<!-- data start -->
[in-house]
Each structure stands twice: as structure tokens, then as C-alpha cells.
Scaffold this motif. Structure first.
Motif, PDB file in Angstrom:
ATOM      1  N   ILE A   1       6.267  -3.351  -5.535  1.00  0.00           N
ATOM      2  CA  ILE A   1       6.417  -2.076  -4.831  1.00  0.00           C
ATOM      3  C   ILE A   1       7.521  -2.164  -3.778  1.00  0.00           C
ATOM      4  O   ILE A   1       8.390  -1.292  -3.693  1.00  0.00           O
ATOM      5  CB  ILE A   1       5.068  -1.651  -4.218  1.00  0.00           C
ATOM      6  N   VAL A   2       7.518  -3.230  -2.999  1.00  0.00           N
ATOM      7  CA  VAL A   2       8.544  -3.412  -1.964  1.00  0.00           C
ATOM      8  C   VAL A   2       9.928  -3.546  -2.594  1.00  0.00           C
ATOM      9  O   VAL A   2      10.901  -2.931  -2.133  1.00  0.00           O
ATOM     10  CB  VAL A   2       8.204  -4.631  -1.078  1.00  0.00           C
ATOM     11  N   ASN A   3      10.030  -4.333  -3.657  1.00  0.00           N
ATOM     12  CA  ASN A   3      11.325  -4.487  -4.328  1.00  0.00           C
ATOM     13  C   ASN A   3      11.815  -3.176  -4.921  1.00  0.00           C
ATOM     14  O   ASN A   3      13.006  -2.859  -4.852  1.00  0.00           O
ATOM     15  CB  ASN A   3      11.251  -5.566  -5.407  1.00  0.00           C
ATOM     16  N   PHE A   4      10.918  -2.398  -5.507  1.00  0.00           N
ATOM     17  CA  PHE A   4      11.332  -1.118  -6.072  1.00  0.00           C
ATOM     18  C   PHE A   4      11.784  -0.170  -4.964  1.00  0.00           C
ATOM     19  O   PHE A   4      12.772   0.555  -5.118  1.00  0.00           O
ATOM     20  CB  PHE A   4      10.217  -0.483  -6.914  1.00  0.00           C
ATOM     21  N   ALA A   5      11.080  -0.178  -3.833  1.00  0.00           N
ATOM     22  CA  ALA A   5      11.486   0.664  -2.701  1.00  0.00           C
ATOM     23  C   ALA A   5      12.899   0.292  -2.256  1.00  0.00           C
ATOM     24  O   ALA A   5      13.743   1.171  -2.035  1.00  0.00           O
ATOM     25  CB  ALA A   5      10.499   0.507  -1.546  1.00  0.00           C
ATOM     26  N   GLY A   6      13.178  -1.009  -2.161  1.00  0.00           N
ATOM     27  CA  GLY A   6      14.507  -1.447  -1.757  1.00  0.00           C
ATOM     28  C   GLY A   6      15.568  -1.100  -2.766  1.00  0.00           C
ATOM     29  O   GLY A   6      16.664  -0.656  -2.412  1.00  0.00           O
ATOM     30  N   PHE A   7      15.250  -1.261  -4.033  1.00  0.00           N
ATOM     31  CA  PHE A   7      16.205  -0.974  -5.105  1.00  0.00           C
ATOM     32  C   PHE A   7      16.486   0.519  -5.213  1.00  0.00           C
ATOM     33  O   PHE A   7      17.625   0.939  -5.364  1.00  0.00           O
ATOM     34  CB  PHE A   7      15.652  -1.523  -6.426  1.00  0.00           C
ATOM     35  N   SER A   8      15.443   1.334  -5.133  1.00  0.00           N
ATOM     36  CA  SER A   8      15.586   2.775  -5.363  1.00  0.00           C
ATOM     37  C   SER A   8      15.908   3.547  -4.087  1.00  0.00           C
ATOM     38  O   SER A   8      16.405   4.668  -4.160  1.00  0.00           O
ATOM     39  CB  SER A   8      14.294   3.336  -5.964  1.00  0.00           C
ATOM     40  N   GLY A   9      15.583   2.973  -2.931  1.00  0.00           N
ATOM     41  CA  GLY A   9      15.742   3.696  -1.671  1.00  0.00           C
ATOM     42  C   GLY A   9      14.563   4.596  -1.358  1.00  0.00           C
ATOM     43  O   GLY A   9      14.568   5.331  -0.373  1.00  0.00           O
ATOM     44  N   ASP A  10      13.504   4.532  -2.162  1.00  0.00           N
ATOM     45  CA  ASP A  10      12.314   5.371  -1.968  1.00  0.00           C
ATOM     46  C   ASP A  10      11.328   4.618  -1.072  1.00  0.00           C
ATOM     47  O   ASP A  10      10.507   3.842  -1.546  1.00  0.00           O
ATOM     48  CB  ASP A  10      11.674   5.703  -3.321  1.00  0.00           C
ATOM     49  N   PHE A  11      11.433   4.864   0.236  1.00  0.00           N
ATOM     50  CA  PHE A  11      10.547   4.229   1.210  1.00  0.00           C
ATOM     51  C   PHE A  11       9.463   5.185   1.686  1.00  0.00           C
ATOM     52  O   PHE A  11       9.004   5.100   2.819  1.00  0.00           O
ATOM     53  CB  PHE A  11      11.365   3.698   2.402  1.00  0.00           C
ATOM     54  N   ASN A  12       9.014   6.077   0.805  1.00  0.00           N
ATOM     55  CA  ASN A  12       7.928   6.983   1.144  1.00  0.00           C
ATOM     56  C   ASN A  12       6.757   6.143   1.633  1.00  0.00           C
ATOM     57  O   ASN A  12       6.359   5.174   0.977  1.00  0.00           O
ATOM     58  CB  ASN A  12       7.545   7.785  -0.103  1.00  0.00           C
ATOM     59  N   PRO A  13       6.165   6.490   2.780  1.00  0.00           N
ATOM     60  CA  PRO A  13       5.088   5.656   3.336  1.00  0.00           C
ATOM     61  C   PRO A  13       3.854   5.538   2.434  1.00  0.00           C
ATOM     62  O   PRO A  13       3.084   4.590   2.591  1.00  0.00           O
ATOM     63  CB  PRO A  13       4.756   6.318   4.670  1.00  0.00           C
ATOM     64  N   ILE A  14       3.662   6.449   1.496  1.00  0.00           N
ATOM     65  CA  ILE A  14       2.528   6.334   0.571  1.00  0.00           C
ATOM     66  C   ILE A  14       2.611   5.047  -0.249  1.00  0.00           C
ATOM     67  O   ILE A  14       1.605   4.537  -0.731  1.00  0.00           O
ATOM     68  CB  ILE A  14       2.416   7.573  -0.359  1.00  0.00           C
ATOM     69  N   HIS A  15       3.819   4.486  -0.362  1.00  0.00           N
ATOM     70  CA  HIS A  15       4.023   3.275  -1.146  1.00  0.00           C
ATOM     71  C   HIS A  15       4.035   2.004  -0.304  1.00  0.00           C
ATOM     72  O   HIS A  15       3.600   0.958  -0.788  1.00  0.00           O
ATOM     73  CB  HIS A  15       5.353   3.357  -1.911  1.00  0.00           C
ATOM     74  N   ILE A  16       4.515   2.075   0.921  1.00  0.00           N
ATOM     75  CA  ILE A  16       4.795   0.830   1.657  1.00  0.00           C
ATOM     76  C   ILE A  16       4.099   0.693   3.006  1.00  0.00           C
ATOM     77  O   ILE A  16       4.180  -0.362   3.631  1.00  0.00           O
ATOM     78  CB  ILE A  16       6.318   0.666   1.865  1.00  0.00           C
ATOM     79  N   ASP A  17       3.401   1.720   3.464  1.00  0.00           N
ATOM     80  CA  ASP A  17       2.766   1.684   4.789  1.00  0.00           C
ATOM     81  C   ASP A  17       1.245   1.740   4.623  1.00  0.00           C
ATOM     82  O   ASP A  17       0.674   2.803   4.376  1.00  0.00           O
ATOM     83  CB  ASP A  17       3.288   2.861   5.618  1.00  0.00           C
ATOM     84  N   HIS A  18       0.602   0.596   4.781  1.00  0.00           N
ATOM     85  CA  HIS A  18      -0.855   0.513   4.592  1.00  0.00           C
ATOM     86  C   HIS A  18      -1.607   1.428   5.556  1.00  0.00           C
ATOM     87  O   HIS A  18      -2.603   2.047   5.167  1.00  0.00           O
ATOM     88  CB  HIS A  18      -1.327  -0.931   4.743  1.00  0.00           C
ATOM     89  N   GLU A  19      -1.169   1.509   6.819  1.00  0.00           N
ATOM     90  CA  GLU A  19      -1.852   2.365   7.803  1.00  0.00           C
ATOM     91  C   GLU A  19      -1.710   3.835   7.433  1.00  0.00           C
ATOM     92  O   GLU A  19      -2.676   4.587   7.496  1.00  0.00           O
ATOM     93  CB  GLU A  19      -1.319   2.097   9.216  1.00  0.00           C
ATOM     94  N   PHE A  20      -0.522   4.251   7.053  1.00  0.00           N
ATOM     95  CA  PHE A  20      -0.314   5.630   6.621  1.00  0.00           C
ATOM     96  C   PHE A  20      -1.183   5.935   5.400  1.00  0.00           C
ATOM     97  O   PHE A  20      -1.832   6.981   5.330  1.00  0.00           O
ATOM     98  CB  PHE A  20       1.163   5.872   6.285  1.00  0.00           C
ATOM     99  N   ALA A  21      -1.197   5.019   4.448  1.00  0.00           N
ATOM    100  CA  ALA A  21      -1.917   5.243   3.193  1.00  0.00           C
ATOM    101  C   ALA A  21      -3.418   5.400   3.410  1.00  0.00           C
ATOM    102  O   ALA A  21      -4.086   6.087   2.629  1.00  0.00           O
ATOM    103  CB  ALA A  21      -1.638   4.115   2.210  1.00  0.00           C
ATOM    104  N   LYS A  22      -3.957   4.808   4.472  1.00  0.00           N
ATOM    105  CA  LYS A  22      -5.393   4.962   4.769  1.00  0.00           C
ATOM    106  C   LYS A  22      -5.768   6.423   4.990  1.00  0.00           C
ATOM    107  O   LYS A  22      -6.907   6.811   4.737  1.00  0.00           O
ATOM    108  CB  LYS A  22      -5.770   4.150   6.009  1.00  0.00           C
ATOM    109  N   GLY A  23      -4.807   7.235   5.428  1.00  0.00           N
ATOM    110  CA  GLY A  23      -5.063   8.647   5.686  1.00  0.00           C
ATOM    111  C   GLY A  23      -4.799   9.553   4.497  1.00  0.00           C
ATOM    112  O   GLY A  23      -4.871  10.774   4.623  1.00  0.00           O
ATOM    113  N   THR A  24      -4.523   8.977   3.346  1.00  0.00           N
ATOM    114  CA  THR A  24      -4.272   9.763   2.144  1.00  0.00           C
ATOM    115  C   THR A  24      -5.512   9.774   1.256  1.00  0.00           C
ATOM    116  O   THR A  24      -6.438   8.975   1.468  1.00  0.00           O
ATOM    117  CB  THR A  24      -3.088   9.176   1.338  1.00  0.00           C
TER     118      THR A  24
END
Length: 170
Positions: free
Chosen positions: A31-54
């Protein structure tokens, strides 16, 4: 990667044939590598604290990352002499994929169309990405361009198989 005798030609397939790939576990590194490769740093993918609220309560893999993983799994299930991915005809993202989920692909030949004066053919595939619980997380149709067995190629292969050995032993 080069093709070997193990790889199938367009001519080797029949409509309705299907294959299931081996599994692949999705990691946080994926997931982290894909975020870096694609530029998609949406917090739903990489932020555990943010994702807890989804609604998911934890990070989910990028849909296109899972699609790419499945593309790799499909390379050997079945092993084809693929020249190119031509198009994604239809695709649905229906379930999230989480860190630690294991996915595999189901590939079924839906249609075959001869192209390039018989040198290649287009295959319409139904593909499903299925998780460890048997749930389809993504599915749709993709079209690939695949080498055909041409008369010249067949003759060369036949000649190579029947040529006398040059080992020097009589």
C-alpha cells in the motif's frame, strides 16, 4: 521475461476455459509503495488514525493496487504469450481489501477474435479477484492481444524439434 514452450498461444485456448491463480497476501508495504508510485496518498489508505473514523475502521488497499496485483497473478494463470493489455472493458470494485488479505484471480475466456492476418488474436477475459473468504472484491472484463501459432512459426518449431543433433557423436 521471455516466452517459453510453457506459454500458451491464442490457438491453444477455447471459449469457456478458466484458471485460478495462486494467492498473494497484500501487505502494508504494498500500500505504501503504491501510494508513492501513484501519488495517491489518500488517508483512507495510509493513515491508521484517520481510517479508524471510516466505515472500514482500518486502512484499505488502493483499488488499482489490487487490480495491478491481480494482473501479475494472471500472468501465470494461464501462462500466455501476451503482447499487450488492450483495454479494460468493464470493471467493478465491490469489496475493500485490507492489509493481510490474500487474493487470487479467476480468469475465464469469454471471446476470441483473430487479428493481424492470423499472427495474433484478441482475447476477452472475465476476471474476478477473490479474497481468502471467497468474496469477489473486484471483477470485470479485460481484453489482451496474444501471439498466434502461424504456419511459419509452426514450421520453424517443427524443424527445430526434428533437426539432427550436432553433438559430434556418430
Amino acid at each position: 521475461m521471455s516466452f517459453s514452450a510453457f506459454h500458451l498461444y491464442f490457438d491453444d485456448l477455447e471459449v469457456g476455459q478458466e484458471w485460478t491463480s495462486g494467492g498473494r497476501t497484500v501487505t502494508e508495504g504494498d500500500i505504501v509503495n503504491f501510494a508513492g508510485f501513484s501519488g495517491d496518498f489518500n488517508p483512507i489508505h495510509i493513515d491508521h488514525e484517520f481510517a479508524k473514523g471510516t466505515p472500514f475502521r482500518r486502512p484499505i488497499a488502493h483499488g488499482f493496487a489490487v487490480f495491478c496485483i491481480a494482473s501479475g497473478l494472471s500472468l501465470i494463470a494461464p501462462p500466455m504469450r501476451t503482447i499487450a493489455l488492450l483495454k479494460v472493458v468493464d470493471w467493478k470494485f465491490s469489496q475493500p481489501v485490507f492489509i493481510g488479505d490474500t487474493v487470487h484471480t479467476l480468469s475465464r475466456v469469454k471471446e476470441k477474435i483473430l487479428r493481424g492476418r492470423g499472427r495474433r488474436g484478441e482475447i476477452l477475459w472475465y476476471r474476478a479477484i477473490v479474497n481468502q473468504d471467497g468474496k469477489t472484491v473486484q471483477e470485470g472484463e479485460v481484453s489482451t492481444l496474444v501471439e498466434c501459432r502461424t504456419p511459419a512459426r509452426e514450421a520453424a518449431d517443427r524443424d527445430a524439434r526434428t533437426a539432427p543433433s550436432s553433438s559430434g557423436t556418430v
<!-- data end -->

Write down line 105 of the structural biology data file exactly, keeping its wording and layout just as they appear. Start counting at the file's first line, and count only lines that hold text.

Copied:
ATOM    101  C   ALA A  21      -3.418   5.400   3.410  1.00  0.00           C